Insight E-Newsletter - September 2011

Welcome to the September edition of "Insight"! This month, we look at how our SCORE program is helping youth with sight loss achieve their career goals. Next, we speak to one educator and artist about his vision loss and passion for music. Finally, we focus on the up and coming provincial elections and issues affecting Canadians who are blind or partially sighted — find out how you can get involved and informed. Remember to send us your feedback at

CNIB appoints new board chair, launches ‘seeing beyond vision loss’

Photo of Jane BeaumontOn September 24th, 2011, we announced the appointment of Jane Beaumont as our new national board chair and launched our new official organizational tagline at our 93rd annual general meeting.

A member of the national board since 2005, Ms. Beaumont served as the chair of the programs and services committee. She is active on a national working group to promote and implement the Initiative for Equitable Library Access, a partnership involving all levels of government, public libraries and CNIB as key stakeholders.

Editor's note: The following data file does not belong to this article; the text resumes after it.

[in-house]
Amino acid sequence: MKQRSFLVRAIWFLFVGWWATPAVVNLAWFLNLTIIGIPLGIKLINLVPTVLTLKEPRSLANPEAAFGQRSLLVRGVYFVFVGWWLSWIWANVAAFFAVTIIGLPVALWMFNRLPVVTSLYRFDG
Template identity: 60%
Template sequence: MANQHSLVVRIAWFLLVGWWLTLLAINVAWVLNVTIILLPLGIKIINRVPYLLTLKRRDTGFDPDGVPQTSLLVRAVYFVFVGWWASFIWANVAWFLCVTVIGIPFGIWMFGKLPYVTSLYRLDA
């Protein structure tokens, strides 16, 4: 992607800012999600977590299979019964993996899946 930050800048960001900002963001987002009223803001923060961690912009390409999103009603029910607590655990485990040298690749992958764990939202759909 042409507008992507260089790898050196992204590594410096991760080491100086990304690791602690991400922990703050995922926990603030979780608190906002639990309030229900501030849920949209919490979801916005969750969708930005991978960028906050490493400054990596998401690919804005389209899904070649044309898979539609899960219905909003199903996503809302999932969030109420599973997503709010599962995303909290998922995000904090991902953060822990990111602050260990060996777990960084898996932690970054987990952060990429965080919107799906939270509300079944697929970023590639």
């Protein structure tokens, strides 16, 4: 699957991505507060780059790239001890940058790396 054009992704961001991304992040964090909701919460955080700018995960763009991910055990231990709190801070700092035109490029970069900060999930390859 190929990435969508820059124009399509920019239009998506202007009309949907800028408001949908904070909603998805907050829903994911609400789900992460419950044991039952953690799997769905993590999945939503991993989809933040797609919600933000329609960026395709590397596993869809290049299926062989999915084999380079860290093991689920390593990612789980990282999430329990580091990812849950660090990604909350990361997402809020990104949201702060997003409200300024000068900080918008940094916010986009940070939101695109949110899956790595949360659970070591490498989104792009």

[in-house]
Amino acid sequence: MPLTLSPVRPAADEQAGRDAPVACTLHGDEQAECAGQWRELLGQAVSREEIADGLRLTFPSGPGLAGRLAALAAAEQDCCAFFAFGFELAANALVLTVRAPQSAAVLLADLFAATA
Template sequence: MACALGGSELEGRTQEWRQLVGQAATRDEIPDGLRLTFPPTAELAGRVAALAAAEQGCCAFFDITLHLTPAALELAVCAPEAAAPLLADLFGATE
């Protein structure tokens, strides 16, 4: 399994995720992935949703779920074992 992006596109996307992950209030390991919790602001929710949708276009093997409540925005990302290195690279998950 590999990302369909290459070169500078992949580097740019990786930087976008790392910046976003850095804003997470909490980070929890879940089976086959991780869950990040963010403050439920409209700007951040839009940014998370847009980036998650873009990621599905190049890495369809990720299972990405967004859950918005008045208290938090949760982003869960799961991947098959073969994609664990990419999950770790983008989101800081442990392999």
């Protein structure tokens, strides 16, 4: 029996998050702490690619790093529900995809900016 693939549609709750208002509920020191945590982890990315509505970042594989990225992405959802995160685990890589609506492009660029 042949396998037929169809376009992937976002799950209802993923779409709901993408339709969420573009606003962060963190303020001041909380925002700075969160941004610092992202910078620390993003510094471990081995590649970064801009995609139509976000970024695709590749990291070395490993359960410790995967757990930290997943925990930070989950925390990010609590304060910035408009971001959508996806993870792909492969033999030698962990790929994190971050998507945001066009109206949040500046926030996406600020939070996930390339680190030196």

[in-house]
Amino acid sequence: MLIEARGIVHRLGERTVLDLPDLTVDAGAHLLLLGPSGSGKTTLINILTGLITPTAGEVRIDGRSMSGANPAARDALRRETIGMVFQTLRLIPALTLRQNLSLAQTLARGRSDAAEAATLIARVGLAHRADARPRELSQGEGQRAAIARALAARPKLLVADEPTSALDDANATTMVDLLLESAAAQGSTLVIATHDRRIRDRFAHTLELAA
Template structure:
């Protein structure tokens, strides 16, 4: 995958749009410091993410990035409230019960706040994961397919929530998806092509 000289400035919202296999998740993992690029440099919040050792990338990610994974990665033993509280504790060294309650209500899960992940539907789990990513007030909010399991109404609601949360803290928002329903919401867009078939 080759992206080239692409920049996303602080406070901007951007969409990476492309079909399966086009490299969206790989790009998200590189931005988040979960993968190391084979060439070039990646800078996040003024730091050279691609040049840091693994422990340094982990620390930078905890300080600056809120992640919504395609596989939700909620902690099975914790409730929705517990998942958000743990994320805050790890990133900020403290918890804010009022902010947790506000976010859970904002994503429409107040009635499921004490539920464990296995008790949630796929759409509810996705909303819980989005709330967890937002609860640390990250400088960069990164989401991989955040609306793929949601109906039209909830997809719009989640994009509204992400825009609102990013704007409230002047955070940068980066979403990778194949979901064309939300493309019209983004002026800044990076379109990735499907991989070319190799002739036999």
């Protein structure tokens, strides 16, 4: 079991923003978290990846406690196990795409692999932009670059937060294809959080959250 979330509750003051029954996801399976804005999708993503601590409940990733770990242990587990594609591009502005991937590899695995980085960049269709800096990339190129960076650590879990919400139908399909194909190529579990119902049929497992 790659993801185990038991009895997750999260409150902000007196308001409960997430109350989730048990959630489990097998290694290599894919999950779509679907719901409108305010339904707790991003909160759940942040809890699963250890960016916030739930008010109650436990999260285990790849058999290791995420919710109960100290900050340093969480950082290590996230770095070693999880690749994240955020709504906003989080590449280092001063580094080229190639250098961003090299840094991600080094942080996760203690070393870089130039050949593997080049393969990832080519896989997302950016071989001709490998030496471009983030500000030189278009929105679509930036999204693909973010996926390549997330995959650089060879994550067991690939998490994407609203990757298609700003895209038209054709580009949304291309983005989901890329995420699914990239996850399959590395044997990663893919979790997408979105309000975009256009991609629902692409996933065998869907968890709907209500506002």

“Ms. Beaumont brings a wealth of knowledge to her new post, including an extensive background in accessible libraries and core service delivery,” says CNIB’s President and CEO John Rafferty. We couldn’t be more pleased.”

Our new tagline “seeing beyond vision loss,” which was also launched at the annual general meeting, encompasses all that CNIB does to serve Canadians who are blind or partially sighted.

“Our goal is to create a better Canada – one in which every Canadian has free access to the information and resources they need to prevent avoidable eye disease, and the quality rehabilitation services they’ll need if they should ever lose their sight,” says Ms. Beaumont. “We’re committed to creating a more inclusive society for people with vision loss and challenging misconceptions of what it means to be blind or partially sighted.”

Less than 35 per cent of our total funding comes from government sources; we rely on public donations to help it to be there for everyone who needs our services.


SCORE program helps youth with vision loss build independent, rewarding futures

Photo of 2011 SCORE participants taken at the AGOHow do we train the youth of today for the challenges of tomorrow? This question was the seedbed for founding the SCORE program 22 years ago.

Today, with an employment rate of 35 per cent for working-age Canadians who are blind or partially sighted, the answer has never been more important.